fatigue of people coming out conducting the same types of assessments that we make recommendations to enhance the coordination that area. >> host: davis next in bettendorf iwan federal employee and independent caller. go ahead, dave. >> caller: hi. i wanted to know what you have on the various authentication used within the federal government. the department of homeland security is a different system different cards to authenticate and it seems like every time he wants to use one of their systems which sometimes they do have to use each other's information systems you have to have different methods. what have you all done with regards to that and i will take my answer off-line. thank you. >> guest: , thank you. we in this year's report we did not examine those types of
6:59 pm
issues. in the past we have looked at different agencies, security clearance processes and have found opportunities for greater efficiency and coordination. >> host: steve, lewis center ohio, republican. >> caller: first of all let me thank you for your service. i would also like to state that i'm a fiscal conservative. i am socially liberal and independent across all three but couldn't sequestration -- is the white house communicating with the gao because they should've been part of sequestration. it would have saved $45 billion the prior year monies that could have been used so we wouldn't have to cut the these other key areas to what is the relationship with regard to what you do at the white house so sequestration wouldn't be punitive that way it was across-the-board without any kind of discretion as to which area the cuts were made? >> guest: no i appreciate that question that's one of the ways we frame this report given the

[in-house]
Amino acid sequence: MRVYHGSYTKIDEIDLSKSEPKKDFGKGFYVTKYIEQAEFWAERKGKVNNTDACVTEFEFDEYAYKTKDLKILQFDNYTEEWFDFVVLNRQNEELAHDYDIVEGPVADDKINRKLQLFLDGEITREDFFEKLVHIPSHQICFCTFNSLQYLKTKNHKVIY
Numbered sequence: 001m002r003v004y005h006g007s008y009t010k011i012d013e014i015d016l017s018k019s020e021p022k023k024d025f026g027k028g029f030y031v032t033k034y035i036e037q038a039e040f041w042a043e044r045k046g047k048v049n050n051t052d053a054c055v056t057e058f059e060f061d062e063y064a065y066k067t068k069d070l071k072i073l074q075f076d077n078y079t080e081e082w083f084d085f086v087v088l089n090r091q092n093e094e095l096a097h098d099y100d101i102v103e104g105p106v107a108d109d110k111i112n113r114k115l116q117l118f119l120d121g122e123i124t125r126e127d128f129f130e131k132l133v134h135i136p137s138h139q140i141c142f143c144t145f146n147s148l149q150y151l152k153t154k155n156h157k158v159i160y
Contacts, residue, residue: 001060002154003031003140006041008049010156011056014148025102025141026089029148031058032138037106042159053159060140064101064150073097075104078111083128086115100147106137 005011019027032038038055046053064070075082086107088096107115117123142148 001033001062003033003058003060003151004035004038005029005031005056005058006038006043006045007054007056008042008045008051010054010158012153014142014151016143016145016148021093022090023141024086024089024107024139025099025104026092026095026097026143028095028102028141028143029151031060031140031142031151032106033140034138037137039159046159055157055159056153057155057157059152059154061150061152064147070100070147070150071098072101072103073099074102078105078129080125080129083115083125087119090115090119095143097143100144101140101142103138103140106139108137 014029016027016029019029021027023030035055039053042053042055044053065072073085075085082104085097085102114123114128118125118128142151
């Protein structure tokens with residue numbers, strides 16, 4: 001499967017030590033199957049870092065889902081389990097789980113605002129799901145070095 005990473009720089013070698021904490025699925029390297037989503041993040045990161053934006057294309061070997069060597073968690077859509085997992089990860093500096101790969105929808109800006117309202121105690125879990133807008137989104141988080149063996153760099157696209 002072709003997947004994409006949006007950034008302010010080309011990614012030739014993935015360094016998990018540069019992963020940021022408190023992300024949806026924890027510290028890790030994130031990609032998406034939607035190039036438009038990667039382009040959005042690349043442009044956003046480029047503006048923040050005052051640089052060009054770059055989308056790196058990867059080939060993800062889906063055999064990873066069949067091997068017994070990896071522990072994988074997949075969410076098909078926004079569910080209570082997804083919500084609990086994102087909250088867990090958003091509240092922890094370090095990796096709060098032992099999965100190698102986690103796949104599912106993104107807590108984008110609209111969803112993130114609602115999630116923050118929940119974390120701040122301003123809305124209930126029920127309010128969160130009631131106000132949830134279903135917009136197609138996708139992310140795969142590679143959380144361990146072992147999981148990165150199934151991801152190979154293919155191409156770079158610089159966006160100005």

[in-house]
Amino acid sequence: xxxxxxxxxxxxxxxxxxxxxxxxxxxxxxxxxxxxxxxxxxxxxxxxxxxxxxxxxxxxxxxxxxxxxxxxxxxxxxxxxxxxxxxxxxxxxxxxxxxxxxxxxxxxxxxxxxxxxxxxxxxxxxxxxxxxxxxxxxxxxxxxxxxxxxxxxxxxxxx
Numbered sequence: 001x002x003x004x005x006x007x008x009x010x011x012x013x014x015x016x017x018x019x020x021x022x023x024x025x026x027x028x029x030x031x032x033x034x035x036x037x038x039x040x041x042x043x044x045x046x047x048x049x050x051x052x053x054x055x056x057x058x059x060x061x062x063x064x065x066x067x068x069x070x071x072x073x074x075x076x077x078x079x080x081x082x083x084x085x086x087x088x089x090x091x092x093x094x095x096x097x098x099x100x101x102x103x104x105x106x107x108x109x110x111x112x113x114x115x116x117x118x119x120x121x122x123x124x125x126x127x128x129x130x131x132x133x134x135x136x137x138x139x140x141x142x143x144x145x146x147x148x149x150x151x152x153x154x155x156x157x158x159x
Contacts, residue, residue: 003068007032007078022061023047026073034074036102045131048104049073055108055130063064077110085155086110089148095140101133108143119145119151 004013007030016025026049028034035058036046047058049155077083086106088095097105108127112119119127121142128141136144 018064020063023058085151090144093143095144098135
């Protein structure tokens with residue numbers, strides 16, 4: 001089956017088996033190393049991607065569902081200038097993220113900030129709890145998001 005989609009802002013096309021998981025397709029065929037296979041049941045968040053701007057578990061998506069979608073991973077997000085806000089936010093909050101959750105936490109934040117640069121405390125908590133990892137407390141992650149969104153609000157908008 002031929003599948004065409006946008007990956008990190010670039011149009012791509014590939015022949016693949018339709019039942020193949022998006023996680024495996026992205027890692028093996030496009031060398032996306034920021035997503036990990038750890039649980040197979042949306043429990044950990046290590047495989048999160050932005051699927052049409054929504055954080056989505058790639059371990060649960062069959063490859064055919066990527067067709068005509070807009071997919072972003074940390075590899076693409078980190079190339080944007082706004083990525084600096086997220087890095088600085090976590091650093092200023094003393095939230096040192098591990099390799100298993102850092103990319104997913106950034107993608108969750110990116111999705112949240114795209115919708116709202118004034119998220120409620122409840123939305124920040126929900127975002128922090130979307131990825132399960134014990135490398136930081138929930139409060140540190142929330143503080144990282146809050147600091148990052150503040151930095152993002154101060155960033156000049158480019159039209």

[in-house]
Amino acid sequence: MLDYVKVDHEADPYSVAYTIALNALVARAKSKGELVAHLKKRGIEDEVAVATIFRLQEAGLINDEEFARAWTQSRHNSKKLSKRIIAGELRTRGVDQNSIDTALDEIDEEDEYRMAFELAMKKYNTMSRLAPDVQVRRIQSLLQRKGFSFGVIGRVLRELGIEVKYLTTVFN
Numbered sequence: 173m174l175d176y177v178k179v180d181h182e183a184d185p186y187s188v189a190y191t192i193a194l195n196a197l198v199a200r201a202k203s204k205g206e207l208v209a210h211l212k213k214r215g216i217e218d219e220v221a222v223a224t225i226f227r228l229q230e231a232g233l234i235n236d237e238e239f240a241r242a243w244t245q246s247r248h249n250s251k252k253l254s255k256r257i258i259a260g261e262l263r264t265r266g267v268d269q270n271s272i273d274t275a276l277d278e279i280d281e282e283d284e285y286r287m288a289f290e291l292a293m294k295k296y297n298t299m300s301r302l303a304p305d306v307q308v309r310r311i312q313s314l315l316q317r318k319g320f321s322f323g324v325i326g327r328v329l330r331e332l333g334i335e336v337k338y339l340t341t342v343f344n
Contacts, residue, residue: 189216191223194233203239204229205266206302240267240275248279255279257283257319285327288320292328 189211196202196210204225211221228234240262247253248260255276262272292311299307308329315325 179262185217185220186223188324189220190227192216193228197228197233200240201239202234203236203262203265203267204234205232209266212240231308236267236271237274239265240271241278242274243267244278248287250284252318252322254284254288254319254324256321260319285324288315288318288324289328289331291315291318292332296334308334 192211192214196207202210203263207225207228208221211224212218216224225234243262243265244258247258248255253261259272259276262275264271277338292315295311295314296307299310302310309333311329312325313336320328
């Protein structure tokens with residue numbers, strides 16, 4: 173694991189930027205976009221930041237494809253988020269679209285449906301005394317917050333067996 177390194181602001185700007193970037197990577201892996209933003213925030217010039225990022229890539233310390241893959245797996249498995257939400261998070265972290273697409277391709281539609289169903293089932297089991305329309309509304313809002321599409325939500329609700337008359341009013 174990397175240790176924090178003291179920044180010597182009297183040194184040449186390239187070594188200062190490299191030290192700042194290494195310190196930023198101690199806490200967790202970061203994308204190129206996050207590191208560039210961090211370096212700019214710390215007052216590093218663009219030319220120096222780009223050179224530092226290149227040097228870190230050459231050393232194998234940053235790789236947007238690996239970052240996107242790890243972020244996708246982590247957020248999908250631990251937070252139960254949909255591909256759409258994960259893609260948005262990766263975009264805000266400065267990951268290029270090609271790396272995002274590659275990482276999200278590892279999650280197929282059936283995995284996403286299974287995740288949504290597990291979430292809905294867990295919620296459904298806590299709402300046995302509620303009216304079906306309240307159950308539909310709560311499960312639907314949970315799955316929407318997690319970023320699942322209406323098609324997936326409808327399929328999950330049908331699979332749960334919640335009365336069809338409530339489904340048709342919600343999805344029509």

7:00 pm
nation's fiscal condition. it's important we are always looking for opportunities for efficiencies and effectiveness and one of the ways you can achieve greater efficiency and effectiveness is to root out issues of duplication and overlap in fragmentation. throughout her work we have continuous communication with office of management and budget sharing what we are learning in the field. they are very eager to know how agencies are making progress on past recommendations. they encourage agencies to take these actions as we make them. we also work with congressional committee sharing our results and providing technical assistance is appropriate so they can take action. so this is very much a very important body of work that could be used to help achieve significant cost savings. >> host: the gao what has come up with 440 recommendations over
7:01 pm